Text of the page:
Where are giant sequoias located?

Once widespread across the northern hemisphere of the continent, sequoias now live on the western slopes the Sierra Nevada mountain range in northern California. They can be found at elevations of 5,000 to 7,500 feet. The combination of dry mountain air and snow melt, as well as well-drained soil, provides them with the conditions necessary to thrive and reproduce.

Why are giant sequoias endangered

Giant sequoias consume an incredible 4,000 liters of water each day. The availability of melting snow has always made it easy to obtain this precious resource. The climate is warming up and the snowfalls that fall during the winter are becoming less frequent. This leaves the trees more susceptible to drought during the summer months.

Evidence is mounting that these huge trees are shedding their branches and needles to conserve water. However, even these drastic measures are not enough to ensure their survival. Surprisingly, California’s giant sequoias lost 10% in the last few decades.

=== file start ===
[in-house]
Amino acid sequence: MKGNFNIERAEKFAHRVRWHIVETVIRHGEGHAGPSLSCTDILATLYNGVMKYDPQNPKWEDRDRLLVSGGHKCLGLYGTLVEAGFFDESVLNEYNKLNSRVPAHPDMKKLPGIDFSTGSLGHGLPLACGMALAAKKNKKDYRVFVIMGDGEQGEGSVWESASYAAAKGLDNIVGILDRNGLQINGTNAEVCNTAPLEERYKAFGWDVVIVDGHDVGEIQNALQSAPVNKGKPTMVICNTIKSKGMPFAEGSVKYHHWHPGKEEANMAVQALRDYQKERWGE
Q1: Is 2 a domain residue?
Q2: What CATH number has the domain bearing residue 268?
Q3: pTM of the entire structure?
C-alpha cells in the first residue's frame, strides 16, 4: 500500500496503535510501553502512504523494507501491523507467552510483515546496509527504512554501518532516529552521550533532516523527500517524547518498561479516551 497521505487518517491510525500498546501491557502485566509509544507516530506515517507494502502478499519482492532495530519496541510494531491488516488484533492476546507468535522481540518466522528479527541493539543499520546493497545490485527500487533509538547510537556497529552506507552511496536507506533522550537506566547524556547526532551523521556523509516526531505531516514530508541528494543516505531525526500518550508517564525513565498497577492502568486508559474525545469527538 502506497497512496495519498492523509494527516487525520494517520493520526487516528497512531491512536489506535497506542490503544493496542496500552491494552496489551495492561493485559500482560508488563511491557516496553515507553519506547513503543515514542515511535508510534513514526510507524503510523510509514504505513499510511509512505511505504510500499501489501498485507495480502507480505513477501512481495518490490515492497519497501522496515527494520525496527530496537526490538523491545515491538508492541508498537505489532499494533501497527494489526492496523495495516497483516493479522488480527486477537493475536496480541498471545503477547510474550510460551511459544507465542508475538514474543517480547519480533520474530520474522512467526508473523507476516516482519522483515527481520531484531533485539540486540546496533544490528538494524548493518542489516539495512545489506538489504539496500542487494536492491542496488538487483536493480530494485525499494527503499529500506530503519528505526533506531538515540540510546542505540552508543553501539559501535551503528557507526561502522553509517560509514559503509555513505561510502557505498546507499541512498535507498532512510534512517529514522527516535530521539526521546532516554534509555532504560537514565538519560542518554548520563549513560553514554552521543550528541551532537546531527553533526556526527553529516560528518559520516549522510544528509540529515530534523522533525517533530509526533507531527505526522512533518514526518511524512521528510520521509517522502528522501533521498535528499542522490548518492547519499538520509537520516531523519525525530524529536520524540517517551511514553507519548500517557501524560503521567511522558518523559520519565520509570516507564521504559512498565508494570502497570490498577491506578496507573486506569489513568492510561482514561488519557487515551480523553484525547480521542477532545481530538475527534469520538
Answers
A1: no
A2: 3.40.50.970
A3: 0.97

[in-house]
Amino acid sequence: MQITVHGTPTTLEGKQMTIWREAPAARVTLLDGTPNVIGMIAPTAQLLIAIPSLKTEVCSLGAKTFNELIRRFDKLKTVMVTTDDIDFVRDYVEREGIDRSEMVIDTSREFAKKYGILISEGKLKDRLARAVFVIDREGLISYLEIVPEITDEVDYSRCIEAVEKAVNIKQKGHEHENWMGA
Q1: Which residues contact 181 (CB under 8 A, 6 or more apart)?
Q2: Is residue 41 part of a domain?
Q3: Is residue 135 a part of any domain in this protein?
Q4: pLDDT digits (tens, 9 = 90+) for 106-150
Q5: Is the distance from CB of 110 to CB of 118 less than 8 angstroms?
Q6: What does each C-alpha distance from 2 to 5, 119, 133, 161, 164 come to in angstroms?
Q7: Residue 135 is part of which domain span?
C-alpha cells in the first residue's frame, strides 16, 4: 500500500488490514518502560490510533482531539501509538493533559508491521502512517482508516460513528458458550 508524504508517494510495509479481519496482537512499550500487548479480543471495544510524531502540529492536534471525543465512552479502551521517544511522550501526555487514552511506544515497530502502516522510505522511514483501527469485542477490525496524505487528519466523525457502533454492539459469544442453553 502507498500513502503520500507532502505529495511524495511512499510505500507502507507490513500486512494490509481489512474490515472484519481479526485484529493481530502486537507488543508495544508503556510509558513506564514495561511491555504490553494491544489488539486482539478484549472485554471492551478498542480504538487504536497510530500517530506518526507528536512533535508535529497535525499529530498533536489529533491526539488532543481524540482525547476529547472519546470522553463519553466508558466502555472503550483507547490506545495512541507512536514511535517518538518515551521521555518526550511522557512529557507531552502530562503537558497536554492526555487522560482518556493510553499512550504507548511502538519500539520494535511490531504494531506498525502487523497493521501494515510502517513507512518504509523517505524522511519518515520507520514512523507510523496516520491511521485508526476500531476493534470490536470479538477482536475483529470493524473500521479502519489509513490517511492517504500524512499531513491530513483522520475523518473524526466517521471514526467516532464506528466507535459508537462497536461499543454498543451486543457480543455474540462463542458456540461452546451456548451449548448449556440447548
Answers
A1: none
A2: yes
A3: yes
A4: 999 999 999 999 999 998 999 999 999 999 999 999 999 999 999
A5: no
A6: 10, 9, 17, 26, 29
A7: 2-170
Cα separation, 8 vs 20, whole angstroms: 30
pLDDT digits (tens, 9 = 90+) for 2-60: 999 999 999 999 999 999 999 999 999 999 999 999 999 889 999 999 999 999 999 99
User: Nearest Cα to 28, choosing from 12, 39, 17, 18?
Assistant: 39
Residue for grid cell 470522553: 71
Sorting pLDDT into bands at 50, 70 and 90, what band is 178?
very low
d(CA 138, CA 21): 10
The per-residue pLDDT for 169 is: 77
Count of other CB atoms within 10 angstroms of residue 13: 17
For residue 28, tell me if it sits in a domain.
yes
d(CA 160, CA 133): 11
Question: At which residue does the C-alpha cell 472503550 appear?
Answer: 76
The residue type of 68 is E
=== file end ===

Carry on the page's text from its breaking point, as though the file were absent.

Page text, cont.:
These climate-driven crisis are not limited to the northern hemisphere. The flaming firelilies at the southern tip of Africa may soon be facing an equally challenging problem.

Where can you find fire lilies?

Only the fynbos area of South Africa is home to the fire lily. This botanical paradise contains literally thousands of species of plants, all competing for the attention of the birds, insects, and other pollinators. Many of these plants are adapted for fire, and many depend on it to complete their life cycle. But the fire lily has changed this relationship.

Smoke is a must for any fire lily

The fire lilies were hidden away, while the rest fynbos flora displayed their bright blooms. They will only make an appearance once fire has destroyed the landscape. The emergence of the fire lily is triggered by smoke, and their fiery-red flowers—blazing brightly against a background of blackened scenery—enjoy the undivided attention of sunbirds and other pollinators.

What is fynbos and how can it help you?

Fynbos is South Africa’s local name for the dominant vegetation type in the Cape Floral Kingdom. It also houses the fire lily as well as a variety of flowers, including freesias and lobelias. It is one the most biologically diverse landscapes on Earth and it is also the most threatened. It contains more native plants than any other tropical rainforest. The 8,500 plant species found here are staggeringly 5,800 that are not found anywhere else in the world.